Aaron from Staind is a good friend, and you have Mark and Myles and all the Alter Bridge guys, I never would have thought when I was in middle school and high school, listening to Creed records, that I’d have Mark Tremonti’s phone number and could just call him and say, “Hey dude, what’s going on?” We were all big Creed fans, big Alter Bridge fans. And I’m not friends with him, but I met Jimmy Page. It’s the coolest thing ever, getting to meet the people you’ve looked up to for so long.

AllMusic: You can't overthink those interactions or you'll end up disappointed.

When I met Slash, it was a breezy, “Hey, how you doing,” handshake, and he was on his way. I just said, “Hey man, how are you,” and he was leaving the venue, it was during Velvet Revolver, we were playing Rock on the Range, he stopped and asked my name, what band I was with, smiled, and that was it. But that was so cool, that he took the time to stop and say something. You meet people who act like it’s a burden to them to say anything to anybody, that’s never cool. I’ve had that happen a time or two, and when you do that, it’s like, we’re all here doing the same thing. I get that you’ve been doing it longer and your band is bigger than mine, but we all know how to handle ourselves. Just saying hello, buddy.

AllMusic: Do you think you're an easy band to tour manage?

I think we are. Our tour manager might think differently. We’ve had the same tour manager for 12 or 13 years now, so even before we had a record deal, he was one of the guys pushing our gear and helping us drive to shows and load in and set up and everything. He was a high school friend of ours, so he might be able to deal with the stuff we do better than some other people. I think we’re generally easy to tour manage, all we ask is that we have cold drinks and ice on the bus, know where we’re going to be the next day, and that’s pretty much it.

AllMusic: You cover Edwin Starr's "War" on the record, how did you choose that one?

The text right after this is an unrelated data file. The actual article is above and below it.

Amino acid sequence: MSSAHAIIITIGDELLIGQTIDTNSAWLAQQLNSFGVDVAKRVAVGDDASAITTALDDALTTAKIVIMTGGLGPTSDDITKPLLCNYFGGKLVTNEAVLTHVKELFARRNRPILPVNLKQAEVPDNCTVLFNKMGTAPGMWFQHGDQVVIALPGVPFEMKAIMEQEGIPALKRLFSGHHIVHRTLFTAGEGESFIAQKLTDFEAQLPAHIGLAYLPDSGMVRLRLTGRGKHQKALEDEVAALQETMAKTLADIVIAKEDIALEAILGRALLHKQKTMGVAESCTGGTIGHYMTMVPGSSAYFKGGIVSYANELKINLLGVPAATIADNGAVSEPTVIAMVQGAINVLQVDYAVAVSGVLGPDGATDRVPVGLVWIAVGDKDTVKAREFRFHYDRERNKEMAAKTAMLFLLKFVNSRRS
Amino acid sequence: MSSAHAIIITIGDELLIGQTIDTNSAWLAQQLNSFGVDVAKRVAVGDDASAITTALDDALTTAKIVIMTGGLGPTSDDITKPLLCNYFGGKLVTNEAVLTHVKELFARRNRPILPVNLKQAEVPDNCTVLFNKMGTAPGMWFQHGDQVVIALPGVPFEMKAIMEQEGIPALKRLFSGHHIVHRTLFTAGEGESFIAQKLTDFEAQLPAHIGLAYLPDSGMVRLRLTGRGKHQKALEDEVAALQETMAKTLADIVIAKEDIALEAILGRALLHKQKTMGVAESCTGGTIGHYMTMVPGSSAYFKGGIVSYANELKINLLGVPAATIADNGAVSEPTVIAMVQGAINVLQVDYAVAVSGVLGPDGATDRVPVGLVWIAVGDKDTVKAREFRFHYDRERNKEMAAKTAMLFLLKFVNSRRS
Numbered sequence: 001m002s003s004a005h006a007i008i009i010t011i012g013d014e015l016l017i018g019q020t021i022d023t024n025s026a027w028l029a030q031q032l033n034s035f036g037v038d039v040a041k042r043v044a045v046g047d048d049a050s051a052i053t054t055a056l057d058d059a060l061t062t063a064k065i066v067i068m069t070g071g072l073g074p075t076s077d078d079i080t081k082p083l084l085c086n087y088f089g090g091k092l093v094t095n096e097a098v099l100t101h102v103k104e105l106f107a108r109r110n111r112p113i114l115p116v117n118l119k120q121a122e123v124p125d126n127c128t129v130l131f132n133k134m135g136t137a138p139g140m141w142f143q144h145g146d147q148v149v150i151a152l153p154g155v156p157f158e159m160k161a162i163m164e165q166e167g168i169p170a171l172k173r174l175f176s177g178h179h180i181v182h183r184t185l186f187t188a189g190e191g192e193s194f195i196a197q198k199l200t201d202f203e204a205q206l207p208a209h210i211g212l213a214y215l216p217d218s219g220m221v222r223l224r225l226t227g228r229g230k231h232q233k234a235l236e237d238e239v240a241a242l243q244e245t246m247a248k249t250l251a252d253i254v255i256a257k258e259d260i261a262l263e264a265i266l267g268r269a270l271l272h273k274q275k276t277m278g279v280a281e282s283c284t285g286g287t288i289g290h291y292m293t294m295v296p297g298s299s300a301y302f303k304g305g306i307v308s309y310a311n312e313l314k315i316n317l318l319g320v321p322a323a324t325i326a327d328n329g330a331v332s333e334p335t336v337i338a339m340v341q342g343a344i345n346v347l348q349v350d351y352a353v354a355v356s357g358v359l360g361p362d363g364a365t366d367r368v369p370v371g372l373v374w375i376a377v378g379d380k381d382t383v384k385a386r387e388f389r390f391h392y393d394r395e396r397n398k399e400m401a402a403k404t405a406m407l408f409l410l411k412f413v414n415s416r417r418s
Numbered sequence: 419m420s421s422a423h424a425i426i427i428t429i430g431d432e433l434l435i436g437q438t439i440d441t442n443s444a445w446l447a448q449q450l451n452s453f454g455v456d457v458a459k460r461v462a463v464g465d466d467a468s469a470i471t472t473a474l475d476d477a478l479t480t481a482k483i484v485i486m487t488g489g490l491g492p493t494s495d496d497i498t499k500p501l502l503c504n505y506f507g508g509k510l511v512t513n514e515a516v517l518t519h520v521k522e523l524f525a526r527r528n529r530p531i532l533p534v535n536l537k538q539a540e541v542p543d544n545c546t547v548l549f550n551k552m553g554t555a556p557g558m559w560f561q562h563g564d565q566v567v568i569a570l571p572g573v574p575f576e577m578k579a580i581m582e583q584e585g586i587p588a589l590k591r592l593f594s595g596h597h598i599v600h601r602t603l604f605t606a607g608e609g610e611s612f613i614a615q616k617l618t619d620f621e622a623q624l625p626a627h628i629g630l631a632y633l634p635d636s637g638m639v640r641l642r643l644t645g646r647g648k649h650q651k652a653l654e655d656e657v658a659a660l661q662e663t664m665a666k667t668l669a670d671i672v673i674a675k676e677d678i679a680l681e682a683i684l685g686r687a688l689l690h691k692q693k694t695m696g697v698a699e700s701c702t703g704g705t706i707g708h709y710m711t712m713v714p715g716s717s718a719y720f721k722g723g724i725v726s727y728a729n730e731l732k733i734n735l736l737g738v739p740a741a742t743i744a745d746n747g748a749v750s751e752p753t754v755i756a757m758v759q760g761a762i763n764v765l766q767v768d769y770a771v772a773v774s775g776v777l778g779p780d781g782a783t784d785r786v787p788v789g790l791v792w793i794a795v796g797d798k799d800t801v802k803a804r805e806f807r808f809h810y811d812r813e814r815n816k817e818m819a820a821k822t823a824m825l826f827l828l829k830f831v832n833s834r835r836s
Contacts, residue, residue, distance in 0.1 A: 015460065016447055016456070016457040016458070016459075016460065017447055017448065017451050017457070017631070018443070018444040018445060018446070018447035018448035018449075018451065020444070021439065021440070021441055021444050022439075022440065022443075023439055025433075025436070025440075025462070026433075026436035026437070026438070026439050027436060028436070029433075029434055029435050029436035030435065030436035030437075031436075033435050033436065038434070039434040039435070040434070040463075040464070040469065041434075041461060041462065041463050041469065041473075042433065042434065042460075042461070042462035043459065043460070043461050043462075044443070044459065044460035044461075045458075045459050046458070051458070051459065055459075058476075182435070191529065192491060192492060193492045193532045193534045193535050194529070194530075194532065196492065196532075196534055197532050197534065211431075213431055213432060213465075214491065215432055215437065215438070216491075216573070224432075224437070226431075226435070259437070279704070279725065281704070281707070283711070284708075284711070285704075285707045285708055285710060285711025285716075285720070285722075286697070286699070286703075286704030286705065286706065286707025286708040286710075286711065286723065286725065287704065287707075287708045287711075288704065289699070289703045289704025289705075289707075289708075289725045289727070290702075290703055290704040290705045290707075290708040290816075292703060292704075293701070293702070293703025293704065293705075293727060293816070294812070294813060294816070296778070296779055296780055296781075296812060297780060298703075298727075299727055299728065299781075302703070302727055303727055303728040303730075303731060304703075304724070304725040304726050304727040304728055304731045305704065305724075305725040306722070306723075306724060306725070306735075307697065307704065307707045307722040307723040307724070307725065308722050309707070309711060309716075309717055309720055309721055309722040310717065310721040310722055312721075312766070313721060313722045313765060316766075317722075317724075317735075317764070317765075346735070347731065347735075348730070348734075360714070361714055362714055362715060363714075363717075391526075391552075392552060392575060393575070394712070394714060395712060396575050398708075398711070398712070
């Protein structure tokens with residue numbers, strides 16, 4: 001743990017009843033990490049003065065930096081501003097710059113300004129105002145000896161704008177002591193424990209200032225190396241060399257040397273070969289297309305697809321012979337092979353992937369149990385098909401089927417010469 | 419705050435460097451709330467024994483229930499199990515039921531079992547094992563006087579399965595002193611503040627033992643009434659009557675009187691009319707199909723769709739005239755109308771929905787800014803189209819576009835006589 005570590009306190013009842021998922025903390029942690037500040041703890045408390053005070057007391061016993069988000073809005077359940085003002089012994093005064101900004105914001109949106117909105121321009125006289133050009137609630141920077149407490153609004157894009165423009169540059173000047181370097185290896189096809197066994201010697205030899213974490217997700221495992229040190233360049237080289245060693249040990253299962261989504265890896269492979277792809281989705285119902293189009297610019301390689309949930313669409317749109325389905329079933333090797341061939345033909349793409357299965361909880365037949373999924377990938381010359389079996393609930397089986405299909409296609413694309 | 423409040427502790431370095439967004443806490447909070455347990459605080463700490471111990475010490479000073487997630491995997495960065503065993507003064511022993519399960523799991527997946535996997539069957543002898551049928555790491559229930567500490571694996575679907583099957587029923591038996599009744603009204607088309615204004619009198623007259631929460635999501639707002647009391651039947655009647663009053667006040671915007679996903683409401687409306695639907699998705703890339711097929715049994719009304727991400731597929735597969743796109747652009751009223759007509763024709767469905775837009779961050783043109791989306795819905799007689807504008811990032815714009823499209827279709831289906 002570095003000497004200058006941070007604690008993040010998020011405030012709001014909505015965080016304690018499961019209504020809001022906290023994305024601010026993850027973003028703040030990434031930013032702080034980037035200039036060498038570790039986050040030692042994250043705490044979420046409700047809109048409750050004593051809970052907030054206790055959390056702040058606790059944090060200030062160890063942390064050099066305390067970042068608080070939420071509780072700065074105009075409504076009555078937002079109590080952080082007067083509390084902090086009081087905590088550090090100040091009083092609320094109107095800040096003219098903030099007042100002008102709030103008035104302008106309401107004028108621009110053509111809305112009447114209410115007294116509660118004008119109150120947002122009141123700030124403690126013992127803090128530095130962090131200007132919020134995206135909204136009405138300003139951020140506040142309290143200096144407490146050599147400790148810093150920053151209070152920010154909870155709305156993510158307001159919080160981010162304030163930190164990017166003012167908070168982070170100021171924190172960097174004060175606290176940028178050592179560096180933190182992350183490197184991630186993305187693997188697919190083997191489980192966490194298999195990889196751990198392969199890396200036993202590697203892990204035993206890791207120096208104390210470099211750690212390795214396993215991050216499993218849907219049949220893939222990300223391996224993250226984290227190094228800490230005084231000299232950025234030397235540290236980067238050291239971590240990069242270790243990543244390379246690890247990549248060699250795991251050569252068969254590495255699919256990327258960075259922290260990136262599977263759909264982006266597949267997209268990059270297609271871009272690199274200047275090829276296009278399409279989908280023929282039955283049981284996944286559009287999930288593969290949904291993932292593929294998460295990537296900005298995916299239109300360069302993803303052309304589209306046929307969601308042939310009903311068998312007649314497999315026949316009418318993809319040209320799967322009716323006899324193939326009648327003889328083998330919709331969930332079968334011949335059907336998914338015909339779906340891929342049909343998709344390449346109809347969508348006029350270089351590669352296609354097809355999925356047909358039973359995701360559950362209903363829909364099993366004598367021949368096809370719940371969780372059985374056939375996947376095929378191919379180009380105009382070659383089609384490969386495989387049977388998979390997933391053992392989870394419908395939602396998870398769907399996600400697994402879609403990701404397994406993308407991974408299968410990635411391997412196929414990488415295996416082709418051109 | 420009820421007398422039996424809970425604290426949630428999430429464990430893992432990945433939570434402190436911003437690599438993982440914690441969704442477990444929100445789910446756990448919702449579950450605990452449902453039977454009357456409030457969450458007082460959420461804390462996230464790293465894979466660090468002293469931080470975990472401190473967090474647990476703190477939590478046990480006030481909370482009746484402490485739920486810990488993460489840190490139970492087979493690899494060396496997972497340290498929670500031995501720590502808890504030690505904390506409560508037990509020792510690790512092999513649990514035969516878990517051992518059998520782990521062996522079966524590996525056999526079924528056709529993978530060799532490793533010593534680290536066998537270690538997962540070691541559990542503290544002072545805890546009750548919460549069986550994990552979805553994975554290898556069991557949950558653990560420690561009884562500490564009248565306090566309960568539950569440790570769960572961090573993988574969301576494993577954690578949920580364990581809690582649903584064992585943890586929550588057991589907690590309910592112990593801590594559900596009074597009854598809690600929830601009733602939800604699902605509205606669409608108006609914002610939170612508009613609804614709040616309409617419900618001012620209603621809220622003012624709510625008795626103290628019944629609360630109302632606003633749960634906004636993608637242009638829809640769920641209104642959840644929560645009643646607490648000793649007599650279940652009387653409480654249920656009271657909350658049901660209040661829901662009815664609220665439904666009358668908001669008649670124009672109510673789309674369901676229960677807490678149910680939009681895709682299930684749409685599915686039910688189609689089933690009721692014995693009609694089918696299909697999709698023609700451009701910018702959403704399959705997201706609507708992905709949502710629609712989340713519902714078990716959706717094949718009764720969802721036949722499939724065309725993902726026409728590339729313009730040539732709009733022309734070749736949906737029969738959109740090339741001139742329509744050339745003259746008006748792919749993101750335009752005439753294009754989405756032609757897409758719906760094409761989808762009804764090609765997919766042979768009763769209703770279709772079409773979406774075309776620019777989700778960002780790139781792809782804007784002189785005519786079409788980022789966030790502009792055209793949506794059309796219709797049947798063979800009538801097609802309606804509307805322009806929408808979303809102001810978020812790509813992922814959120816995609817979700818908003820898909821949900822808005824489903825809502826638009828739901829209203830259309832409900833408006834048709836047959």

This is no joke whatsoever, we had one of our original songs that we were going to record, and we were walking upstairs to go to record it, and a couple of guys were like, “I don’t know about this song, it’s cool, but I don’t know if it fits,” and so we said, “Hell, let’s do a cover, let’s record something different.” We thought that song would be a B-side anyways, so went in and were thinking about doing a Stevie Wonder song, we’re all big Motown fans, but then I went down the list of Motown Number Ones that I have on my phone, and “War” came on, and it was an immediate, “Hell yeah, that’s what we’ve got to do, that song works as well now as it did 40 years ago." So 10 minutes after listening to it, we’re up in the tracking room at the studio, recording this version of this song. It was 10 minutes of, “Are we going to do this song?” to “Yeah, we’re going to do it, let’s track it right now.”

AllMusic: You've done other covers here and there, I'm sure it's a great way to get attention from a Def Leppard or Lynyrd Skynyrd crowd.

It depends on the tour. When we were out with Chickenfoot, it was going great, but there was something missing, so we started doing “Rocky Mountain Way,” which we’d done years before – and years before Godsmack did it – we were doing it in traditional Joe Walsh style, with the talkbox and big extended guitar solos and everything, and when we’d do that, we’d see the crowd come to life, because it was something familiar to them. In that sense, it definitely worked. Also, we played at the Download Festival in 2011, and we did “Rolling in the Deep,” the Adele song. We did it at a metal festival, and here we are, playing a song by Adele. It was amazing, the whole crowd started singing the chorus with me, and it was so cool to see something like that happen, to see that good music translates no matter what genre it is.

Kentucky is due out on April 1 and can be preordered on iTunes. Black Stone Cherry will be on the road relentlessly through August.